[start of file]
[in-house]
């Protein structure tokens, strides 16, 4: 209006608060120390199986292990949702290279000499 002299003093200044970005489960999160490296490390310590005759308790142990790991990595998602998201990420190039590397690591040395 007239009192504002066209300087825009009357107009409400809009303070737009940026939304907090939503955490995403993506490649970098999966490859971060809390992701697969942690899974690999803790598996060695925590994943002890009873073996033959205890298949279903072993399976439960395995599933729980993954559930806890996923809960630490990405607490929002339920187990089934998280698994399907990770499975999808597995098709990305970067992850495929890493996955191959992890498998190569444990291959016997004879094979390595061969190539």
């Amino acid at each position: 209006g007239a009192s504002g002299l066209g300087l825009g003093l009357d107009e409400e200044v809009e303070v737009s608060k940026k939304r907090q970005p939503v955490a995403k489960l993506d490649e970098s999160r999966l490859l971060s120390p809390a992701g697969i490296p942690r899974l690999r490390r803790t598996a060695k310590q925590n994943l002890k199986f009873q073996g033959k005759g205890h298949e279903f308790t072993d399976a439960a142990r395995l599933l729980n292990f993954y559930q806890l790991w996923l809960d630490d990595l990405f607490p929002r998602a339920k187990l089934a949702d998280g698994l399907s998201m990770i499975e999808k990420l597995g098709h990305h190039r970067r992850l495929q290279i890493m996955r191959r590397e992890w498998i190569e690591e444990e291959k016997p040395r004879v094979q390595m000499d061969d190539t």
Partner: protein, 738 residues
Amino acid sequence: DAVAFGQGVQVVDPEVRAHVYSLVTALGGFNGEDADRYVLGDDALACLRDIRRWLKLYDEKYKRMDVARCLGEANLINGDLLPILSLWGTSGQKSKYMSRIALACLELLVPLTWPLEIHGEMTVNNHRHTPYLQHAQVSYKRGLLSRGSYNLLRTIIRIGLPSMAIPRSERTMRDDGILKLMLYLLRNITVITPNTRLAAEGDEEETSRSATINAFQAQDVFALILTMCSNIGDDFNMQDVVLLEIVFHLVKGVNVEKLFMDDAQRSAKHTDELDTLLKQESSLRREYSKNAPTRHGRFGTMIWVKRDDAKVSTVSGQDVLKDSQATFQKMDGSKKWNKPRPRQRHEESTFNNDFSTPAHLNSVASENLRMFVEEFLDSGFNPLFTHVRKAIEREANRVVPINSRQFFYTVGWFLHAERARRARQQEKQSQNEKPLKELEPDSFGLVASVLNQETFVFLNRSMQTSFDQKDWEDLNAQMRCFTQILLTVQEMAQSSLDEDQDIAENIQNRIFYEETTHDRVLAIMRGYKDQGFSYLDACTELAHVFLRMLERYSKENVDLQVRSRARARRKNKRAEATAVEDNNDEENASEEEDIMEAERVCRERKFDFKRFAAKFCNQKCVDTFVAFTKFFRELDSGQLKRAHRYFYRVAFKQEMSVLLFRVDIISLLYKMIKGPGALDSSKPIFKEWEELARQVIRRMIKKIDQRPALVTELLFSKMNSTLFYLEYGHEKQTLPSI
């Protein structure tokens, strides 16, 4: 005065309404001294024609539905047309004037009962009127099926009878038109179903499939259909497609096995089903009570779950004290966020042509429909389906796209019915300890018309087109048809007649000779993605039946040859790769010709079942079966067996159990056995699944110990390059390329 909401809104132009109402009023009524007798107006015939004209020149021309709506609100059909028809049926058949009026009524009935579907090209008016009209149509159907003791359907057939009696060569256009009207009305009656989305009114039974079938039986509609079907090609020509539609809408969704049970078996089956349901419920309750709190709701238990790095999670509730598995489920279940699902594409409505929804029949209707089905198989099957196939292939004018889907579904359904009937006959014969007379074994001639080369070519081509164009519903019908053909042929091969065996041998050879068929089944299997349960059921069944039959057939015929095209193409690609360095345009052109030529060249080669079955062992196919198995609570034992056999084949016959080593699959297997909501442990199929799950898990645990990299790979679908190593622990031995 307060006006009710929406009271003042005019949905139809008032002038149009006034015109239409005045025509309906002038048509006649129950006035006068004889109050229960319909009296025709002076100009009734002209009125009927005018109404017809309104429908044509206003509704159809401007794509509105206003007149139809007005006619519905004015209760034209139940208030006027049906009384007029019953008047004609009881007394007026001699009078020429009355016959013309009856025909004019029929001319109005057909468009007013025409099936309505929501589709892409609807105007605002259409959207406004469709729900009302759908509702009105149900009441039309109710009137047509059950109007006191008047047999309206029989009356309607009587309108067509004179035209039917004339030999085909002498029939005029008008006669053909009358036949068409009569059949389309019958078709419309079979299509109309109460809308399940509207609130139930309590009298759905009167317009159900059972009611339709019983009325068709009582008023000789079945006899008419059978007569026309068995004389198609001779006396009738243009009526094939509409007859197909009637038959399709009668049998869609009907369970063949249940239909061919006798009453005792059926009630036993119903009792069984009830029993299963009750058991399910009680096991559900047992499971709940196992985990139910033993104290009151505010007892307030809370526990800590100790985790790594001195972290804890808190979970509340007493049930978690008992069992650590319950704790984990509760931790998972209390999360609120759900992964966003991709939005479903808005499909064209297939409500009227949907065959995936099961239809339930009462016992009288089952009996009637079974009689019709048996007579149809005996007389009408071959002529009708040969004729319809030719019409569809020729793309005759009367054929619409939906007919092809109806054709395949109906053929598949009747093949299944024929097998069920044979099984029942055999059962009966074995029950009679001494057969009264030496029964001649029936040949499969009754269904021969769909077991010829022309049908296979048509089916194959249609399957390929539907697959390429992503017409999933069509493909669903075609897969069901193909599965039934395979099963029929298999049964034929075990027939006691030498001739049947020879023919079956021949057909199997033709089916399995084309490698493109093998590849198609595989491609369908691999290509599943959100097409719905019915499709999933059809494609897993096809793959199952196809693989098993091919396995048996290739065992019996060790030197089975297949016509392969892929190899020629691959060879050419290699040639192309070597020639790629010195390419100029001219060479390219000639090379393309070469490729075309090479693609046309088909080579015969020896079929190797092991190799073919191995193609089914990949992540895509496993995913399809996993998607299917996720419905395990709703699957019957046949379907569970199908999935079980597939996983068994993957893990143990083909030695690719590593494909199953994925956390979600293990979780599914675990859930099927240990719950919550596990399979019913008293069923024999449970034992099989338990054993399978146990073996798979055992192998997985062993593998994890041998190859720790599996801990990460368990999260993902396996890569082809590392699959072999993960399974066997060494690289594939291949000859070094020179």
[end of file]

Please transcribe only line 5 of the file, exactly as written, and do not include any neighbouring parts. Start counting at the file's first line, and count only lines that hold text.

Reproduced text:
Amino acid sequence: DAVAFGQGVQVVDPEVRAHVYSLVTALGGFNGEDADRYVLGDDALACLRDIRRWLKLYDEKYKRMDVARCLGEANLINGDLLPILSLWGTSGQKSKYMSRIALACLELLVPLTWPLEIHGEMTVNNHRHTPYLQHAQVSYKRGLLSRGSYNLLRTIIRIGLPSMAIPRSERTMRDDGILKLMLYLLRNITVITPNTRLAAEGDEEETSRSATINAFQAQDVFALILTMCSNIGDDFNMQDVVLLEIVFHLVKGVNVEKLFMDDAQRSAKHTDELDTLLKQESSLRREYSKNAPTRHGRFGTMIWVKRDDAKVSTVSGQDVLKDSQATFQKMDGSKKWNKPRPRQRHEESTFNNDFSTPAHLNSVASENLRMFVEEFLDSGFNPLFTHVRKAIEREANRVVPINSRQFFYTVGWFLHAERARRARQQEKQSQNEKPLKELEPDSFGLVASVLNQETFVFLNRSMQTSFDQKDWEDLNAQMRCFTQILLTVQEMAQSSLDEDQDIAENIQNRIFYEETTHDRVLAIMRGYKDQGFSYLDACTELAHVFLRMLERYSKENVDLQVRSRARARRKNKRAEATAVEDNNDEENASEEEDIMEAERVCRERKFDFKRFAAKFCNQKCVDTFVAFTKFFRELDSGQLKRAHRYFYRVAFKQEMSVLLFRVDIISLLYKMIKGPGALDSSKPIFKEWEELARQVIRRMIKKIDQRPALVTELLFSKMNSTLFYLEYGHEKQTLPSI